How to Calculate Density

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Those who have ever read a chemistry or physical science book have probably come across the term density at some point. Density refers to the concentration of something in a particular area. As far as science is concerned, density is the term used to describe the measure of mass per unit of volume. Different substances vary in density and the differences in density determine how the substances interact with one another.

    Review the simple mathematical formula for calculating the density of a substance, which is density = mass over volume or d=m/v. To use this formula, you will have to know the mass and the volume of the substance. The mass refers to the gravitational pull on the substance and how much matter it contains. The volume refers to the amount of three-dimensional space the substance occupies.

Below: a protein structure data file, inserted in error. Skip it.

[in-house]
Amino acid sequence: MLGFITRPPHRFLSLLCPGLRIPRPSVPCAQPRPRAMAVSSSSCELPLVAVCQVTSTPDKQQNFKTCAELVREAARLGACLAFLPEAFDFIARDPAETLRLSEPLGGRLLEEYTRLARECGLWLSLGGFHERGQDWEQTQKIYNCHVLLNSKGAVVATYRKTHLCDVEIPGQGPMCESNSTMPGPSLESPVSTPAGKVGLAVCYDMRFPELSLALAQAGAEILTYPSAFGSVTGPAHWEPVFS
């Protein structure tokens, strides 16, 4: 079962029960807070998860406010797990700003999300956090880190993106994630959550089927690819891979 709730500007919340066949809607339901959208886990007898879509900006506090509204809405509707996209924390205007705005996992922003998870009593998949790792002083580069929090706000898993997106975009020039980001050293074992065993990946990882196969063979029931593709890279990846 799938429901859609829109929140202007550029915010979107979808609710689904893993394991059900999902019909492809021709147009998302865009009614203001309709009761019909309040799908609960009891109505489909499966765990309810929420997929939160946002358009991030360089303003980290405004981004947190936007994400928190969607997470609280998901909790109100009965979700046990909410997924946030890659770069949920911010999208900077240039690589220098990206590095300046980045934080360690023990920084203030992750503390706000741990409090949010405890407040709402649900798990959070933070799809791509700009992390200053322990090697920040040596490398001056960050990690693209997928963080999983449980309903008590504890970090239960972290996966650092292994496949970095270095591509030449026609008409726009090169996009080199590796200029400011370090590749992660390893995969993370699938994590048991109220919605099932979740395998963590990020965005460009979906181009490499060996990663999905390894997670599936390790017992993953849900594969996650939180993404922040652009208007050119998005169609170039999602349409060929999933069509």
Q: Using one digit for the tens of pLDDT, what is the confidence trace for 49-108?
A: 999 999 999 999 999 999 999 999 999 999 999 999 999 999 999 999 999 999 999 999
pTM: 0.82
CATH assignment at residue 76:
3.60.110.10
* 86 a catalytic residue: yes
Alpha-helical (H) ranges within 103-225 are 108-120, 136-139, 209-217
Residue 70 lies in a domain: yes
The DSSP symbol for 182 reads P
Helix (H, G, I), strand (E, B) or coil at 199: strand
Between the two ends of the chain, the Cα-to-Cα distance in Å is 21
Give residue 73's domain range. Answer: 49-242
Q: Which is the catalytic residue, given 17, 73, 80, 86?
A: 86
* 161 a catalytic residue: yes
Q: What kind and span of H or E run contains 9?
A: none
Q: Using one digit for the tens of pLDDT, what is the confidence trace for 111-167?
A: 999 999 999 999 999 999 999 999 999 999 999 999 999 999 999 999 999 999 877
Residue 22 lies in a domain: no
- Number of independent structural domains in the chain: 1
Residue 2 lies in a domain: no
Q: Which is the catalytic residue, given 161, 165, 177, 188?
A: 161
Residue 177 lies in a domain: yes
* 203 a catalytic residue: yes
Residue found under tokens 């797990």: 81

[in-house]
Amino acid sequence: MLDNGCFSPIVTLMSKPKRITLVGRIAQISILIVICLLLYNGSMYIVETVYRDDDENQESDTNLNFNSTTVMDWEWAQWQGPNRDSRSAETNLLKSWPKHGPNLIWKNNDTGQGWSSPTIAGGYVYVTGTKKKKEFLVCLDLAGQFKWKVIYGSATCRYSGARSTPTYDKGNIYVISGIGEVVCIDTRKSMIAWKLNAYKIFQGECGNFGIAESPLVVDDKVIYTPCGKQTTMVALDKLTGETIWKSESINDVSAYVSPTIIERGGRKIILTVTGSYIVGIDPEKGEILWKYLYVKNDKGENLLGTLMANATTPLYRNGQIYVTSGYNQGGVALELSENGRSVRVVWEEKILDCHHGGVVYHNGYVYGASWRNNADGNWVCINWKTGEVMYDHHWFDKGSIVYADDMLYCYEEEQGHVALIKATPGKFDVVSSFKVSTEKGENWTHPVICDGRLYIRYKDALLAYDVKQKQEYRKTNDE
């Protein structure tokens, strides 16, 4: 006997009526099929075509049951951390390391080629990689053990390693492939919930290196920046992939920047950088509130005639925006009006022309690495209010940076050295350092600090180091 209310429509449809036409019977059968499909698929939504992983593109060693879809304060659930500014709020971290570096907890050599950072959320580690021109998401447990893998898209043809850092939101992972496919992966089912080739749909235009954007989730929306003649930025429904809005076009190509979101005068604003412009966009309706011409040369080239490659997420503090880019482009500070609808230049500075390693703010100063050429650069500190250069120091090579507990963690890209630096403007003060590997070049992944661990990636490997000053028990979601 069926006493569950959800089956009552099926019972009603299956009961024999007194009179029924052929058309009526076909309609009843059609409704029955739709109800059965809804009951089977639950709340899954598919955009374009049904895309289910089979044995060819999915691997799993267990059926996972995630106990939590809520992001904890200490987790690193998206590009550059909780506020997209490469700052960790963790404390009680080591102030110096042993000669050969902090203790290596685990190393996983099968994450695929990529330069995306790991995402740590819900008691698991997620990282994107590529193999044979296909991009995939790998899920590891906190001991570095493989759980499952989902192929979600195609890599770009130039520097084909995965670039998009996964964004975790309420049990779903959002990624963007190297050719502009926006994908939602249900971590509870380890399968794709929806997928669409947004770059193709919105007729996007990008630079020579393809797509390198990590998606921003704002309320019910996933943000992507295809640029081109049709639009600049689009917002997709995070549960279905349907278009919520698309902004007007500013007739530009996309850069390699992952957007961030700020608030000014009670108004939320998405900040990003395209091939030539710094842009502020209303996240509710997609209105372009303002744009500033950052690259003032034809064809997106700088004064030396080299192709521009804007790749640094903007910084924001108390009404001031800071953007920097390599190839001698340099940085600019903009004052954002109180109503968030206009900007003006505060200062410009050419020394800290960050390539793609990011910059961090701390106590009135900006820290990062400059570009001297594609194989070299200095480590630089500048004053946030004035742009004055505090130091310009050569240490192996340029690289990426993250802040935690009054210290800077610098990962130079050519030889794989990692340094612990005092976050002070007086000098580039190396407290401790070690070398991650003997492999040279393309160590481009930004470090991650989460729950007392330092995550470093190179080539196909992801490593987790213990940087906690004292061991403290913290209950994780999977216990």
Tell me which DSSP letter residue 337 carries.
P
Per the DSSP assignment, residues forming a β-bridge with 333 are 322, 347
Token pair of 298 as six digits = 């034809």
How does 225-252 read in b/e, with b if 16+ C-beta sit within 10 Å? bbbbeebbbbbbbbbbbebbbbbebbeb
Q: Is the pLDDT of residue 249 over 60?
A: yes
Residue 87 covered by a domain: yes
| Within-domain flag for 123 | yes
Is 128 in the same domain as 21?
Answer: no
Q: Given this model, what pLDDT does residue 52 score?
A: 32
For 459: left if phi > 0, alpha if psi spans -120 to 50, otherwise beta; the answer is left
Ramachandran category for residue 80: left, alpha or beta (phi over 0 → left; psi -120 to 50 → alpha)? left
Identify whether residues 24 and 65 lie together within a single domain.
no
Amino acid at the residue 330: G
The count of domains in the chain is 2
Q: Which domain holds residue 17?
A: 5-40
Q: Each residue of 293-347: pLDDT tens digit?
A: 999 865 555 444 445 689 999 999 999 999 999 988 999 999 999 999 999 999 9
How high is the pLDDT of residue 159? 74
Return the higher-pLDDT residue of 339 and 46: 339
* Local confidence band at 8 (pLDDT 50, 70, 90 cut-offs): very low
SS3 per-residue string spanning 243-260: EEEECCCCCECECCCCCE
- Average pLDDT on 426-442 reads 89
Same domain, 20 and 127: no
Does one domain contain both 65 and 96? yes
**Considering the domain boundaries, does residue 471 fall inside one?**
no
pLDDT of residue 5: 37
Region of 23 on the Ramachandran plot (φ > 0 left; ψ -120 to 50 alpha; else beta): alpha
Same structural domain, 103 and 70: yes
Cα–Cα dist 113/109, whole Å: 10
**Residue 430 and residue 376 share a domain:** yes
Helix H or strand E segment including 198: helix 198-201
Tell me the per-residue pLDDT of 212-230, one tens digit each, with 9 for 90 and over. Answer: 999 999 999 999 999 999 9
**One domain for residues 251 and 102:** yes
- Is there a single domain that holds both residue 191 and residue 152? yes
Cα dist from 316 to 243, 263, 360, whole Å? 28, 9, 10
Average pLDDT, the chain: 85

Calculate the volume of the substance by measuring the length, width and height. The formula looks like this: Volume = L (length) x W (width) x H (height).

    Determine if the object or substance is irregularly shaped. If so, determine the volume by finding out how much water is displaced when the object is dropped into a beaker of water.

    Calculate the density once you know the volume and mass of the substance or object. Density is equal to the mass of the substance divided by its volume: D (density) = M (mass) / V (volume).

    Remember that a substance or object with a higher density has a higher measure of mass per unit of volume. A substance with a density that is greater than 1 gram/centimeter cubed will sink in water because it is denser. A substance with a density below 1 gram/centimeter cubed will float because it is less dense than water whose density is approximately 1 gram/centimeter cubed.

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